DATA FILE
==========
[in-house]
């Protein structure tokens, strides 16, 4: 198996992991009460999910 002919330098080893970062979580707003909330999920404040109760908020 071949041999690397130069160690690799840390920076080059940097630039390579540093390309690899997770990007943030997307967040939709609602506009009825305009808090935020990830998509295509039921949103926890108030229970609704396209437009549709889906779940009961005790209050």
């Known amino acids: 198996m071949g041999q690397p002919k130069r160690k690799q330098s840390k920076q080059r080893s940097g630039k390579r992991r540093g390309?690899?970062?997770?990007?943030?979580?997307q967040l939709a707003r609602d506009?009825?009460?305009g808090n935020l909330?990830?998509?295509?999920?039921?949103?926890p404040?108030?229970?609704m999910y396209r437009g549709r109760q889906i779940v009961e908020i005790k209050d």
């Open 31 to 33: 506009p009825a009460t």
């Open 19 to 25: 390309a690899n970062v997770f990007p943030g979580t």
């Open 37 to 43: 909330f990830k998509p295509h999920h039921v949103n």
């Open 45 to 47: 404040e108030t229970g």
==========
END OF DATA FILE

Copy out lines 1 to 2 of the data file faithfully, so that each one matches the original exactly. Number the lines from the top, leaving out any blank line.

[in-house]
């Protein structure tokens, strides 16, 4: 198996992991009460999910 002919330098080893970062979580707003909330999920404040109760908020 071949041999690397130069160690690799840390920076080059940097630039390579540093390309690899997770990007943030997307967040939709609602506009009825305009808090935020990830998509295509039921949103926890108030229970609704396209437009549709889906779940009961005790209050």